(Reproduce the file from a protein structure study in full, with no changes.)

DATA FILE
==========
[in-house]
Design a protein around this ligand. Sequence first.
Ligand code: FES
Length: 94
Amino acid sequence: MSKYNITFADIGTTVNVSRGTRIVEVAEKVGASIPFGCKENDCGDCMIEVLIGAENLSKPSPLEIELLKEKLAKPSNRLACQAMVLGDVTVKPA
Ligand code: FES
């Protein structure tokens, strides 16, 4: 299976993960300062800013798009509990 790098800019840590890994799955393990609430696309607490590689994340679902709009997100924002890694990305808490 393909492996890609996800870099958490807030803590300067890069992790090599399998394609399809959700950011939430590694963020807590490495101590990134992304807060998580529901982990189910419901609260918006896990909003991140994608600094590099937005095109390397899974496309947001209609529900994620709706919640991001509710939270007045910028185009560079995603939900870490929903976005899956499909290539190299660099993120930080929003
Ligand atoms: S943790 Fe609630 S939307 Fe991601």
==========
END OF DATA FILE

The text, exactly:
[in-house]
Design a protein around this ligand. Sequence first.
Ligand code: FES
Length: 94
Amino acid sequence: MSKYNITFADIGTTVNVSRGTRIVEVAEKVGASIPFGCKENDCGDCMIEVLIGAENLSKPSPLEIELLKEKLAKPSNRLACQAMVLGDVTVKPA
Ligand code: FES
């Protein structure tokens, strides 16, 4: 299976993960300062800013798009509990 790098800019840590890994799955393990609430696309607490590689994340679902709009997100924002890694990305808490 393909492996890609996800870099958490807030803590300067890069992790090599399998394609399809959700950011939430590694963020807590490495101590990134992304807060998580529901982990189910419901609260918006896990909003991140994608600094590099937005095109390397899974496309947001209609529900994620709706919640991001509710939270007045910028185009560079995603939900870490929903976005899956499909290539190299660099993120930080929003
Ligand atoms: S943790 Fe609630 S939307 Fe991601």